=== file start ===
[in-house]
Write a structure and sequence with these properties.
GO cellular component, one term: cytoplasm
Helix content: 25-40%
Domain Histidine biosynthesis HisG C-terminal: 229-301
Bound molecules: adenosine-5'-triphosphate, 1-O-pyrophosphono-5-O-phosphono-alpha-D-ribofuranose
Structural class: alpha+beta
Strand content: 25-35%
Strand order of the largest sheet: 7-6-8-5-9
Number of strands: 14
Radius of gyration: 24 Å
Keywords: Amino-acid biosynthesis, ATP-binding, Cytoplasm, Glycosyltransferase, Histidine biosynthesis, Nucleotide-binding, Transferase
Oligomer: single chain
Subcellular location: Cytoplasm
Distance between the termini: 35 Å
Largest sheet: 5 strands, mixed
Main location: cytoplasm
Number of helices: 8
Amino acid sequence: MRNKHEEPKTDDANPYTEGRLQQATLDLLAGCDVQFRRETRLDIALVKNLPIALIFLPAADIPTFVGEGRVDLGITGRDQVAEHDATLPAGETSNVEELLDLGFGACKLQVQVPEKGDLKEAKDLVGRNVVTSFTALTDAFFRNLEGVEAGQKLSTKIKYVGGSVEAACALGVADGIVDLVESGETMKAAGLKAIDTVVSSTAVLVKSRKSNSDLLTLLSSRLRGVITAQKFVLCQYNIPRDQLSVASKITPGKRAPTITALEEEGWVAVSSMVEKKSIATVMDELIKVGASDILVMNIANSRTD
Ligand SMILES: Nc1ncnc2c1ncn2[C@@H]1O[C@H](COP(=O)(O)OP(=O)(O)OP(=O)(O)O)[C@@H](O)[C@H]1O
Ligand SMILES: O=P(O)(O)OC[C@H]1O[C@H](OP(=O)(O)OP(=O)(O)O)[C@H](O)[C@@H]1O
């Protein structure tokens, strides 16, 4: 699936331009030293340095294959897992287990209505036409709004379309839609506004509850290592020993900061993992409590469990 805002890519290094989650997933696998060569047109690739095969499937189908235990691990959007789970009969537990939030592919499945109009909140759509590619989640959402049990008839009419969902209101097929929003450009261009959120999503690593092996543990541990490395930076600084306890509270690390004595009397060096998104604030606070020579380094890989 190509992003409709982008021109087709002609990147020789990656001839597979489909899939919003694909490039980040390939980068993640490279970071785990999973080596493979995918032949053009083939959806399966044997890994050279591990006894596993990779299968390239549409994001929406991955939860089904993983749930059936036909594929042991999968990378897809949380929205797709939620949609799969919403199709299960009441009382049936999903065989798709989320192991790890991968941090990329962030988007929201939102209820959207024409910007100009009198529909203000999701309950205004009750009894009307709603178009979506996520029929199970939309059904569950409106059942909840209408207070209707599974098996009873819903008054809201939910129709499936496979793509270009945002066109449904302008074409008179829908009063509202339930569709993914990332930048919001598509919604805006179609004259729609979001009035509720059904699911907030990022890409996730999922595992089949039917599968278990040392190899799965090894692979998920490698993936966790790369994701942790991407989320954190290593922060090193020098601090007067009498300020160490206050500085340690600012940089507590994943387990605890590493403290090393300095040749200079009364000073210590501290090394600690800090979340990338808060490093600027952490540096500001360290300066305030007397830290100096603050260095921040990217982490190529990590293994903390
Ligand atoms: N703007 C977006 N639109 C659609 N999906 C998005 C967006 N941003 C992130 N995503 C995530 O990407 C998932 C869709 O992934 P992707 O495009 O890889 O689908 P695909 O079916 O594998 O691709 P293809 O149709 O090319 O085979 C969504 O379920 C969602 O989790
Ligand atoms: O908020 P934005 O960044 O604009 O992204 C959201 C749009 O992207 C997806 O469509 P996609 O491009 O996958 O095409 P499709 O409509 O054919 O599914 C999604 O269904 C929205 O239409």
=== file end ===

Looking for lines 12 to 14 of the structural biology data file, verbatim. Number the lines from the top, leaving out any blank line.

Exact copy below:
Keywords: Amino-acid biosynthesis, ATP-binding, Cytoplasm, Glycosyltransferase, Histidine biosynthesis, Nucleotide-binding, Transferase
Oligomer: single chain
Subcellular location: Cytoplasm